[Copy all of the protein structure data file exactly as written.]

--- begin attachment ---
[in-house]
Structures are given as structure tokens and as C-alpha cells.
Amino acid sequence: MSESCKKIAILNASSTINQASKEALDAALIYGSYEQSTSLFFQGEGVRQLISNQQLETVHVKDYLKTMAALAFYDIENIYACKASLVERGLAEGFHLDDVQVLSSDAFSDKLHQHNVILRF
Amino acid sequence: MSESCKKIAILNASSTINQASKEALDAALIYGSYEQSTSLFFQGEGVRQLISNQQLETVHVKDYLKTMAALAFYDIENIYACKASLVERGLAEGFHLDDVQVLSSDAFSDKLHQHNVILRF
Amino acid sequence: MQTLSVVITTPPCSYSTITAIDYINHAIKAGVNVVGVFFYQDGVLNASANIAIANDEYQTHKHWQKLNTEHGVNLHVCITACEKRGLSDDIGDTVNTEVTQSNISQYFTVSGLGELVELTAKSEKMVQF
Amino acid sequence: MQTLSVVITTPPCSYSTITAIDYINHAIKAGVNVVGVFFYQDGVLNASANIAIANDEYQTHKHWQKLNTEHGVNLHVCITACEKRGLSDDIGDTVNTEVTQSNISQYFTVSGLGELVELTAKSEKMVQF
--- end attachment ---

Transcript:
[in-house]
Structures are given as structure tokens and as C-alpha cells.
Amino acid sequence: MSESCKKIAILNASSTINQASKEALDAALIYGSYEQSTSLFFQGEGVRQLISNQQLETVHVKDYLKTMAALAFYDIENIYACKASLVERGLAEGFHLDDVQVLSSDAFSDKLHQHNVILRF
Amino acid sequence: MSESCKKIAILNASSTINQASKEALDAALIYGSYEQSTSLFFQGEGVRQLISNQQLETVHVKDYLKTMAALAFYDIENIYACKASLVERGLAEGFHLDDVQVLSSDAFSDKLHQHNVILRF
Amino acid sequence: MQTLSVVITTPPCSYSTITAIDYINHAIKAGVNVVGVFFYQDGVLNASANIAIANDEYQTHKHWQKLNTEHGVNLHVCITACEKRGLSDDIGDTVNTEVTQSNISQYFTVSGLGELVELTAKSEKMVQF
Amino acid sequence: MQTLSVVITTPPCSYSTITAIDYINHAIKAGVNVVGVFFYQDGVLNASANIAIANDEYQTHKHWQKLNTEHGVNLHVCITACEKRGLSDDIGDTVNTEVTQSNISQYFTVSGLGELVELTAKSEKMVQF